Assembly Time: 10 am 
Set Off Time: 10:30 am
Route: Morning Trail – Lugard Road on the Peak
(Completed in about an hour)

1. Recommended fundraising target: Over $422.
2. We welcome participants to join us for lunch after the 
walk (at your own expense)
Fackbook Event:
Enquiry: 2770 1065 (9am-6pm, Mon-Fri) or 
Registration: Join Us
4. AFRO News Reading

SEX FOR AID: Charity backed by Meghan Markle admits workers swapped food for sex with Haiti quake survivors

- The world's largest children's charity World Vision was singled out by a 2011 World Food Programme investigation for sexual and financial exploitation of vulnerable survivors
18th February 2018

A CHARITY backed by Meghan Markle has admitted its workers exchanged food and cash for sex with those who survived the 2010 Haiti earthquake.

World Vision, who Prince Harry’s fiancée was an ambassador for until last year, was found to have been used by some to sexually and financially exploit vulnerable locals.

Survivors of the disaster were forced by paid employees to have sex or pay money for the World Food Programme (WFP) aid.
There are fears the charity may face a similar fate to Oxfam and face being stripped of bidding for taxpayer cash.

The WFP was set up by the United Nations in 1961 to distribute food in emergencies.

In 2011 the WFP chose to carry out an outside evaluation of projects run by its charities involved in the programme.

According to the Daily Mail the investigation singled out criticism of World Vision including "concerns about various forms of exploitation of beneficiaries, fraud, nepotism and inaccurate records."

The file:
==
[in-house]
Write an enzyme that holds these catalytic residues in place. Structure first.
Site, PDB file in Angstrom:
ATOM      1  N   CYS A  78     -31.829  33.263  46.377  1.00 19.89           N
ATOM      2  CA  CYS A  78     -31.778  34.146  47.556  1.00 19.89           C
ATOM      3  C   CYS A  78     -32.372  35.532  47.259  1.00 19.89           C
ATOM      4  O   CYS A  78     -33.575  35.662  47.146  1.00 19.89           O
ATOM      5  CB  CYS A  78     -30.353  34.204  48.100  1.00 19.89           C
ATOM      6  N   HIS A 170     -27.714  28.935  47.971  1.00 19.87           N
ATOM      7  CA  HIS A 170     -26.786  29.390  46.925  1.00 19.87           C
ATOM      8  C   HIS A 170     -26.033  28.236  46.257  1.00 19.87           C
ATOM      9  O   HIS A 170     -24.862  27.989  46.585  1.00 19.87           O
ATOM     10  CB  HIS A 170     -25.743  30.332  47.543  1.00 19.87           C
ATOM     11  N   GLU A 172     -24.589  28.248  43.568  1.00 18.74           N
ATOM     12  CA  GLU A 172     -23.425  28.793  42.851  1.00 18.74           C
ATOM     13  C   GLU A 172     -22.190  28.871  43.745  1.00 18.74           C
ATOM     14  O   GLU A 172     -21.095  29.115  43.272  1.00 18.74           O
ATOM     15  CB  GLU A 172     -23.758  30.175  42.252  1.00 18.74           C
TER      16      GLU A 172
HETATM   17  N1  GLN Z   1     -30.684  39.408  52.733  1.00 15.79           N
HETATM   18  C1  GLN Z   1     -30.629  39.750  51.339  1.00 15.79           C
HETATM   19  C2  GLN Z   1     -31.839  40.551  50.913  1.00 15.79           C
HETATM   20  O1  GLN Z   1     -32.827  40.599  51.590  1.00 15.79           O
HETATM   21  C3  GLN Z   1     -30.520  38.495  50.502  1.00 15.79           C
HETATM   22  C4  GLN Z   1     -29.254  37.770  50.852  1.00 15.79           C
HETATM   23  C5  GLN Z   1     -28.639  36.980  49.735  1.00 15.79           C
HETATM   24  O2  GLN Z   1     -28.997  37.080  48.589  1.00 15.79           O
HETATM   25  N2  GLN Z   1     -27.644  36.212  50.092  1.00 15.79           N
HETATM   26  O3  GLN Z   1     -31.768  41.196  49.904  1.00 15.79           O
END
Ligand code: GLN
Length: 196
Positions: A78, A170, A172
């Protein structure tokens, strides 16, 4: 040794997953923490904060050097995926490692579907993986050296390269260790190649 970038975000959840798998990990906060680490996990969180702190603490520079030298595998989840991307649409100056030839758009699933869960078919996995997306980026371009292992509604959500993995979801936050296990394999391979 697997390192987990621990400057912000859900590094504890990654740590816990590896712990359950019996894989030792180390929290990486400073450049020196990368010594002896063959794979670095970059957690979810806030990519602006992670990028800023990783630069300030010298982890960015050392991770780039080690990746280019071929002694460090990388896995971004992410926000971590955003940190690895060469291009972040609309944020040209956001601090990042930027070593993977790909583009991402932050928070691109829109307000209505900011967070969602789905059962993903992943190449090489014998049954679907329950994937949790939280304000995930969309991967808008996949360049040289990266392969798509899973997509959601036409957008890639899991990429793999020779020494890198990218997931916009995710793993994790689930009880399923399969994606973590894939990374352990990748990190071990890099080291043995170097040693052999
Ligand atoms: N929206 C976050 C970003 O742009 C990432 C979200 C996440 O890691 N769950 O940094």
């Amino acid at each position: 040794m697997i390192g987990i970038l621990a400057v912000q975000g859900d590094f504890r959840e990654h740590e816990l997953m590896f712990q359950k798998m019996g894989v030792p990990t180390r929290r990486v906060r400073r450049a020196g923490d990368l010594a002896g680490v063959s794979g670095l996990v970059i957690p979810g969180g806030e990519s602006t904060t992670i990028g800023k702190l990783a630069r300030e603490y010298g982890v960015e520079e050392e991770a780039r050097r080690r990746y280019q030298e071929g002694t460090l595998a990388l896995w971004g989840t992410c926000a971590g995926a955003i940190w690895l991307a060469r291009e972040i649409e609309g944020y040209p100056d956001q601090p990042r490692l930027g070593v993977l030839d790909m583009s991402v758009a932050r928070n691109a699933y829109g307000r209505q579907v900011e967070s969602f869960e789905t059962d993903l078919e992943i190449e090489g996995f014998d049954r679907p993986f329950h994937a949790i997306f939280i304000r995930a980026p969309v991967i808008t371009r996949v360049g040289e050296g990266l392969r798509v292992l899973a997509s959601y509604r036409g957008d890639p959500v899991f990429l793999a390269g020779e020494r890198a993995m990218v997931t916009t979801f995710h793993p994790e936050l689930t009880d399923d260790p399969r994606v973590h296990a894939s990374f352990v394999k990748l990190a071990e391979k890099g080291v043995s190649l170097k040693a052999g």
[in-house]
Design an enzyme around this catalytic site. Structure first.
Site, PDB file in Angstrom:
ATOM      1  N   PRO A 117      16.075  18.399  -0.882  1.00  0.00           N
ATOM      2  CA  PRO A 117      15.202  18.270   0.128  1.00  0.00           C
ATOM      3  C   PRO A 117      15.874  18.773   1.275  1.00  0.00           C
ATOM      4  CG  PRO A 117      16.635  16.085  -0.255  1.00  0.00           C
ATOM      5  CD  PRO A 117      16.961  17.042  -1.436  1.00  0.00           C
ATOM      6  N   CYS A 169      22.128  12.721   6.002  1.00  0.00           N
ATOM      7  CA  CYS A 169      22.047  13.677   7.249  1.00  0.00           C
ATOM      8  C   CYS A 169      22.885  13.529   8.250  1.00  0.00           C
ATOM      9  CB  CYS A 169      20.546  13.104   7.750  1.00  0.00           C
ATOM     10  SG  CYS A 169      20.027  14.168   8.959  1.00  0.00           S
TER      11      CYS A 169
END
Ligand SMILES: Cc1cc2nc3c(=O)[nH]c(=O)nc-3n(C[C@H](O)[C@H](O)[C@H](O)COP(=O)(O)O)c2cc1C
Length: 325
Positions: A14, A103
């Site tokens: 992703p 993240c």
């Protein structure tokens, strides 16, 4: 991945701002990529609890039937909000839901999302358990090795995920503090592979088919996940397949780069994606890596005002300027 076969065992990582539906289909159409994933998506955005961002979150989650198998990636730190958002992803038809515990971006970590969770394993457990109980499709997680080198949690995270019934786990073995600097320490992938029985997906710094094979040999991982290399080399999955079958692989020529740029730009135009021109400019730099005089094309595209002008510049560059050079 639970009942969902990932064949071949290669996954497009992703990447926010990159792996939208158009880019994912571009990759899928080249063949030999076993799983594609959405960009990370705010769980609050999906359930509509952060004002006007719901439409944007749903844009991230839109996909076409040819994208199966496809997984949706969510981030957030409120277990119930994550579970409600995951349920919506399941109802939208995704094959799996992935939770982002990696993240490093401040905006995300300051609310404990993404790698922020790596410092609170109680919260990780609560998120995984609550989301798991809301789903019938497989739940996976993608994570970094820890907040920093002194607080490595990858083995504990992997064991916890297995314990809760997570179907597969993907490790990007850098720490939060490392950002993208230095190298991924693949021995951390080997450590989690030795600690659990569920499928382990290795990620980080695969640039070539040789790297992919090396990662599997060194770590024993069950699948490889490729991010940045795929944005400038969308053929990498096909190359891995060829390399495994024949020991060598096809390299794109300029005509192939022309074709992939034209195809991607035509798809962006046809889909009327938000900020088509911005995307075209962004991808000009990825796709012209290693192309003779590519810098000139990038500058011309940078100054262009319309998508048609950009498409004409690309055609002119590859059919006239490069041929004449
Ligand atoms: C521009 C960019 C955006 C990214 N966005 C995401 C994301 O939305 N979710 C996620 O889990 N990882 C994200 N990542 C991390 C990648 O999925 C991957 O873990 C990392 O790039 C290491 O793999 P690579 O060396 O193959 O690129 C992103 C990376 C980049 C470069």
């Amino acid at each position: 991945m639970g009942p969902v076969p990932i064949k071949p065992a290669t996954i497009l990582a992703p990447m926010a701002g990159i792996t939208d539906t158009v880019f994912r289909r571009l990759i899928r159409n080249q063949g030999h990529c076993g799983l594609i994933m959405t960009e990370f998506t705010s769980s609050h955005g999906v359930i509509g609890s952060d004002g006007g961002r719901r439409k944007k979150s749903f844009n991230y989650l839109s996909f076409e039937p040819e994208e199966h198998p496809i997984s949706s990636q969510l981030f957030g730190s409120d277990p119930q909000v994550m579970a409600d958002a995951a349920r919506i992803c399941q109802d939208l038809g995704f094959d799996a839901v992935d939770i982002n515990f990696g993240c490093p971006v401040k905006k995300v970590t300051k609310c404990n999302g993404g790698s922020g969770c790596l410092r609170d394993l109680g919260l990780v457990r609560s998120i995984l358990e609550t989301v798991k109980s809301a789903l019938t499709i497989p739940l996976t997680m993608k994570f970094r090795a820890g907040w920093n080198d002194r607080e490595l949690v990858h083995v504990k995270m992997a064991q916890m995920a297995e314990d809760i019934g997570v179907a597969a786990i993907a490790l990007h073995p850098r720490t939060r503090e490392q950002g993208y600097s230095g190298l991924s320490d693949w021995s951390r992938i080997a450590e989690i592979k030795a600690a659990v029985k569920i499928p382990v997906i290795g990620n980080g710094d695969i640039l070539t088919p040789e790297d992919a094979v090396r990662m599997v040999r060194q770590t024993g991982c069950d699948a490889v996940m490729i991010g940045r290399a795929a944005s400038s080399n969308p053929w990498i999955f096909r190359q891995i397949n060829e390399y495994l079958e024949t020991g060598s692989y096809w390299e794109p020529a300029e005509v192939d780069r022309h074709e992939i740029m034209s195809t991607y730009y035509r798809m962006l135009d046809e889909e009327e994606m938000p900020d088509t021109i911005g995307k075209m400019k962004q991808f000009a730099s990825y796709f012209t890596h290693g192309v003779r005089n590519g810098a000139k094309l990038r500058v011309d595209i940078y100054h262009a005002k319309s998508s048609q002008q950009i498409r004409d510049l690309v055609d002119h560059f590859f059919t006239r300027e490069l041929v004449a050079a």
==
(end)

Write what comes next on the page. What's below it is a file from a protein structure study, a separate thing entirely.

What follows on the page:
After meetings with WFP chiefs the charity ordered a 'Beneficiary Process Evaluation' in 2012 which confirmed people receiving aid were "subject to a level of sexual and financial exploitation."

World Vision is the world's largest international children's charity and received £17million from the UK Government in aid last year.

It admits that some of the leaders who made the selections were "temporarily" paid but denied that any were formal employees.

A WFP spokesman said the investigation unveiled "worrying irregularities" and had told the charity to deal accordingly with the claims.

A spokesman for World Vision said: "In light of the current situation, we are reviewing histroic data about incidents and how we reacted.

"We are committed to disclosing any new information to our regulators and partners."

MPs have since demanded an investigation into sexual misconduct claims into the aid industry.

It comes as one of the UK's biggest charities Oxfam was hit with a wave of sexual misconduct claims earlier in the month.

On Friday Oxfam GB boss Mark Goldring caused controversy after trying to downplay aid workers' alleged use of prostitutes claiming it was not as if they had "murdered babies in their cots."

The “Food for Sex” scandal of World Vision aid workers exposed the plight of disaster victims. It also prompted people to reflect on the ethical basis of the exchange of sex services. Some people believe that the trade was fair, as both got what they needed from it. However, food is a basic need for survival. Asking someone to trade sex in exchange for something that is crucial for one’s life and death is certainly not “fair”. A fair exchange is one where both parties are given the same rights/power to choose; sex workers can decide the types of service to give and how they can be compensated. It prevents sex workers from oppression.  

News Reading